They have few musical contemporaries, and are in somewhat a league of their own.
Eight o’clock in the evening seems a little early to have strobe lights leaving patterns behind my eyelids, but then again LV, the support act for the evening, have wasted absolutely no time in getting the audience warmed up.
Starting out with a subtle thumb piano sample morphing into a restless footwork beat in ‘Shake’, the young production duo seem intent on offering a sonic tour of all that is bass driven in their thirty-minute set. Taking in elements from jungle, UK funky and grime, the beats they roll out aptly demonstrate the musical parameters of Hyperdub – the label to which they are signed. Much of the energy, however, is channelled through lanky vocalist Joshua Idehen. While the the two producers lurk over laptops, twiddling knobs under the stage lights, the MC spits rhymes about the indignities and hassles of modern London life, all the while jutting around the front of the stage and occasionally shrieking into the mic like some kind of deranged bird of prey. His vocal style takes in everything from Ghostpoet-esque social observations to jabberings about the tube stops on the Northern Line and wanting to try on an audience member’s coat.
Thus energised, during the interval I suddenly notice just how full the Trinity Centre is. The night is completely sold out, the venue is rammed, and sweat is starting to drip off foreheads. Turning back to the stage, the first sign that Submotion Orchestra have appeared is an urgent, undulating synth sound, almost like a siren, which is quickly met with a thudding kick drum and bass line. Vocalist Ruby Wood then appears, to huge applause from the audience. At first, it seems as though the sound engineer must have a nightmare job on his hands – the bass threatening to subsume the singer’s delicate vocals. But in fact the opposite is true: the whole set is a masterful balancing act between the depth of their beats and the light, floating melodies which unveil themselves over the top.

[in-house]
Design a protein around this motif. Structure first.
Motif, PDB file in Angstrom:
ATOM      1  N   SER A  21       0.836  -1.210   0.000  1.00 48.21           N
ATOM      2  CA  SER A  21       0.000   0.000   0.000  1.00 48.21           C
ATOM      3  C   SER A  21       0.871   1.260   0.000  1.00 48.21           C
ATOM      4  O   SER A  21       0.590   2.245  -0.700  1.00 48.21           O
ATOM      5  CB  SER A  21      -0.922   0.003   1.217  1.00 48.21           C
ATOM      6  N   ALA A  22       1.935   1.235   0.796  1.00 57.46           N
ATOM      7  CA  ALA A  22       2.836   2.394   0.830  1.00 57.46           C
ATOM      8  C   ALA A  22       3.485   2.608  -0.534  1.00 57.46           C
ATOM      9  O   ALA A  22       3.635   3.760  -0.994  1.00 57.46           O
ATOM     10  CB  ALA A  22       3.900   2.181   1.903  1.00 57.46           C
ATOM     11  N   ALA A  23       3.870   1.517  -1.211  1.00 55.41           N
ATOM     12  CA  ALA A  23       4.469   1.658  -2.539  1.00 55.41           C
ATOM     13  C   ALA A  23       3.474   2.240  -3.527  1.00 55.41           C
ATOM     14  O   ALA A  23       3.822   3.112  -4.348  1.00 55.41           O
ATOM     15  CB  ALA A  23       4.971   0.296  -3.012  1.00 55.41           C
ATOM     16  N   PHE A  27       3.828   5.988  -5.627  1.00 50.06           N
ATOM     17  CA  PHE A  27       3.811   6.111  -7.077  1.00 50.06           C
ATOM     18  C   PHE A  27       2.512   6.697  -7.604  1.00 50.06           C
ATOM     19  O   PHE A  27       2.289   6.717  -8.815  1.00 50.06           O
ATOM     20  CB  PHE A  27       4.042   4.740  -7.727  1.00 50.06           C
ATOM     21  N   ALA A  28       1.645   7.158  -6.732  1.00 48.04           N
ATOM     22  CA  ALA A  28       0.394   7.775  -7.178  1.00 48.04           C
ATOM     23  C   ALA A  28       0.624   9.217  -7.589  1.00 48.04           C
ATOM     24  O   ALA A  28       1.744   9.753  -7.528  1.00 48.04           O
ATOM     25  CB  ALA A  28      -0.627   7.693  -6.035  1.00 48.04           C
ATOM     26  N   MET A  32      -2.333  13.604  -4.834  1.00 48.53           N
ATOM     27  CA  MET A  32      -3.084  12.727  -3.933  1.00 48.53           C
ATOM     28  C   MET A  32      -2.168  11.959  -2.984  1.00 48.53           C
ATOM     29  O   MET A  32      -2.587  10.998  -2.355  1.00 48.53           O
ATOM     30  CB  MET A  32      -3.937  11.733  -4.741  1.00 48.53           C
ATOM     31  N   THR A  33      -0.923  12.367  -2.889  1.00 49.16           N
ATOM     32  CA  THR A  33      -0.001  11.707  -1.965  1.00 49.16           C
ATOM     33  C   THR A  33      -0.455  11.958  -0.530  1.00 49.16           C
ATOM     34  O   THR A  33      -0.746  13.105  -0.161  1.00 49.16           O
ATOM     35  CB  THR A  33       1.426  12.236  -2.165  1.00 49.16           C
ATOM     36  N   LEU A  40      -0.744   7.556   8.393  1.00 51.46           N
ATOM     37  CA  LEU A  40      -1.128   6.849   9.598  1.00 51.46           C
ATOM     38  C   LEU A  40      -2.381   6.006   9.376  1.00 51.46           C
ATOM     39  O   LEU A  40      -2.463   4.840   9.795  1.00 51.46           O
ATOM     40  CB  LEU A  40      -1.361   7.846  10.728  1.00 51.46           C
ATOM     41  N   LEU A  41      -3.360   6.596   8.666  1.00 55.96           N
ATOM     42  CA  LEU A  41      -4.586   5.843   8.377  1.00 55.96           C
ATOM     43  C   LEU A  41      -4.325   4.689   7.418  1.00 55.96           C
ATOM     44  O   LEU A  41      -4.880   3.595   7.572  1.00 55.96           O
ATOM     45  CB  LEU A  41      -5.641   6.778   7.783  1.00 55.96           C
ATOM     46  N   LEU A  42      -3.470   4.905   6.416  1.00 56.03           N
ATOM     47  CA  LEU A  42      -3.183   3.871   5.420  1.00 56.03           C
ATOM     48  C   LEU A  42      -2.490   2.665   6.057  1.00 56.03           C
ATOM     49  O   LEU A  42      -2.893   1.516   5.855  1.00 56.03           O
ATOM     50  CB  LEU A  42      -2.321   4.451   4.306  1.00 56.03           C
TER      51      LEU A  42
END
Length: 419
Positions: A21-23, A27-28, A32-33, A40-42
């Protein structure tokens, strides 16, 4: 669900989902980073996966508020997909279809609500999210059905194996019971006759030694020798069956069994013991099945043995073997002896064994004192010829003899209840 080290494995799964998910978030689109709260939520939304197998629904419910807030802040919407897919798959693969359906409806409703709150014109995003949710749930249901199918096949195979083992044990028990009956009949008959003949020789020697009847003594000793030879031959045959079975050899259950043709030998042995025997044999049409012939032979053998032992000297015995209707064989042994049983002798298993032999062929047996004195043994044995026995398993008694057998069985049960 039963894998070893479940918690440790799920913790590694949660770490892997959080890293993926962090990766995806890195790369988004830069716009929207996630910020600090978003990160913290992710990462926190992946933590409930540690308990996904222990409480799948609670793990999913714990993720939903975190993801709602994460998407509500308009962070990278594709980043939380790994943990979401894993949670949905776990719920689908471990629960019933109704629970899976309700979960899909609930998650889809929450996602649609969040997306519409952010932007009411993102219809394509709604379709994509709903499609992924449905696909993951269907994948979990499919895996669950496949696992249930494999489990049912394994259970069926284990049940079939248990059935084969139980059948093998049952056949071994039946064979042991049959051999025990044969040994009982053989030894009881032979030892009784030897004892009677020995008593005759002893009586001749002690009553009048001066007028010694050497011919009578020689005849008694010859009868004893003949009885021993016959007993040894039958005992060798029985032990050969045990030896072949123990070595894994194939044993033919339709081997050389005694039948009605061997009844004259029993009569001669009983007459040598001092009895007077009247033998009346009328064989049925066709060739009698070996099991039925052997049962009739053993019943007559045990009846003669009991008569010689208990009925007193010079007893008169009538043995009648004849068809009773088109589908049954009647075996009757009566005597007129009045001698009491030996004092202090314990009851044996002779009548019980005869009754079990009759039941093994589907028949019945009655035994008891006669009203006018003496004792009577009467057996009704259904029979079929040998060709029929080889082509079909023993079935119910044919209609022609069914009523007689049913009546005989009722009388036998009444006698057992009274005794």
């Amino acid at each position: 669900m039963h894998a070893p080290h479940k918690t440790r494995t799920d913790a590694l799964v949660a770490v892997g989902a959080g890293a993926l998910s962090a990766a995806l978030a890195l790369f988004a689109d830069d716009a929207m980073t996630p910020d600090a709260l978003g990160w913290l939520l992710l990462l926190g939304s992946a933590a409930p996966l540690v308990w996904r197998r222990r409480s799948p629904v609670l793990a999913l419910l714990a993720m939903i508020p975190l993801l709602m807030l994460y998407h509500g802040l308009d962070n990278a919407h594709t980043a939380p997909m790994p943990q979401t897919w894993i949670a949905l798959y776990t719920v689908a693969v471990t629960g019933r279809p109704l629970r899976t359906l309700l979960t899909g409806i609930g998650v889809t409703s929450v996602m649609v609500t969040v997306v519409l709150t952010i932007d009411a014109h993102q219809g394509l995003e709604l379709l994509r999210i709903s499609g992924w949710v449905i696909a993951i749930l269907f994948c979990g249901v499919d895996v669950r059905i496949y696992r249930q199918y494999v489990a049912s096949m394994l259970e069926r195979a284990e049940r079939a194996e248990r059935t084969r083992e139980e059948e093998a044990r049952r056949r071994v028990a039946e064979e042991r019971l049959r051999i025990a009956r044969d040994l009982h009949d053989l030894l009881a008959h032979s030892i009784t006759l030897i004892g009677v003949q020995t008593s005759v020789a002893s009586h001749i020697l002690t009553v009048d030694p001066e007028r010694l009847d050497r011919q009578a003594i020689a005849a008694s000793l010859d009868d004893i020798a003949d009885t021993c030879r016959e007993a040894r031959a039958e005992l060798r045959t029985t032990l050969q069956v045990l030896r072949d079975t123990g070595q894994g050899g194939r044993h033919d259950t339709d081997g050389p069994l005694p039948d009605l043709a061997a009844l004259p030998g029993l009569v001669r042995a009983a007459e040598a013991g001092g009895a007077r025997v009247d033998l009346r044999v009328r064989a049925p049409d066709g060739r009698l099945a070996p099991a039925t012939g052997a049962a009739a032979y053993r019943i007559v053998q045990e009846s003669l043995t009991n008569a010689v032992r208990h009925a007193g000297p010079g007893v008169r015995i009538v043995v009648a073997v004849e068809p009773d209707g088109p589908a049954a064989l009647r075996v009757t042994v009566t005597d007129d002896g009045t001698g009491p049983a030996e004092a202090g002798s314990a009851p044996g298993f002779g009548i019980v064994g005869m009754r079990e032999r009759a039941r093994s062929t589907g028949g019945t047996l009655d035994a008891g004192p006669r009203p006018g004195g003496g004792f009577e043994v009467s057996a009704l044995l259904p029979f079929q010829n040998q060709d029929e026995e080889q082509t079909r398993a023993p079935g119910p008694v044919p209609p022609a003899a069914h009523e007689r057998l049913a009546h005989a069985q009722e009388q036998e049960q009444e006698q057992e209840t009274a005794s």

Dedicated primarily to material from their new album ‘Alium’, the set showcases the band’s ability to expand and develop their sound while staying rooted in the bass. Remaining fairly close to the 140bpm tempos of dubstep, the septet manage to evade the rigidity that sometimes accompanies digitally-produced music. Their use of live percussion and expertly-looped trumpet melodies creates a much warmer and more human sound, imbued with a kind of fluidity: harmonies drift into one another and vocal lines melt away into echo. This fluidity also creates a space which allows them to sidestep some of the cliches of genre. While some might see this as an attempt to make the darker sounds of the UK underground more palatable to commercial audiences, it’s more the case that they pay their respects to dubstep and its sister genres, while allowing the music to evolve and grow in unexpected directions. In this sense, they have few musical contemporaries, and are in somewhat a league of their own.
As to the reaction: while there are definitely moments in which the whole room is moving, especially during tracks such as ‘It’s not me, it’s you’, for much of the evening the crowd is in a quiet state of euphoria, as though they are being massaged in sound. Much of the appeal of Submotion Orchestra possibly stems from having such a strong female presence in what remains a male-dominated scene, and the audience seems fairly evenly split gender-wise. In fact, by the end of the gig, it feels as though loved-up couples are pairing off all around me, peaking during the final track, ‘All yours’ – which reminds those present why they have so much affection for this group.
Check out ‘Trust/Lust’ right here: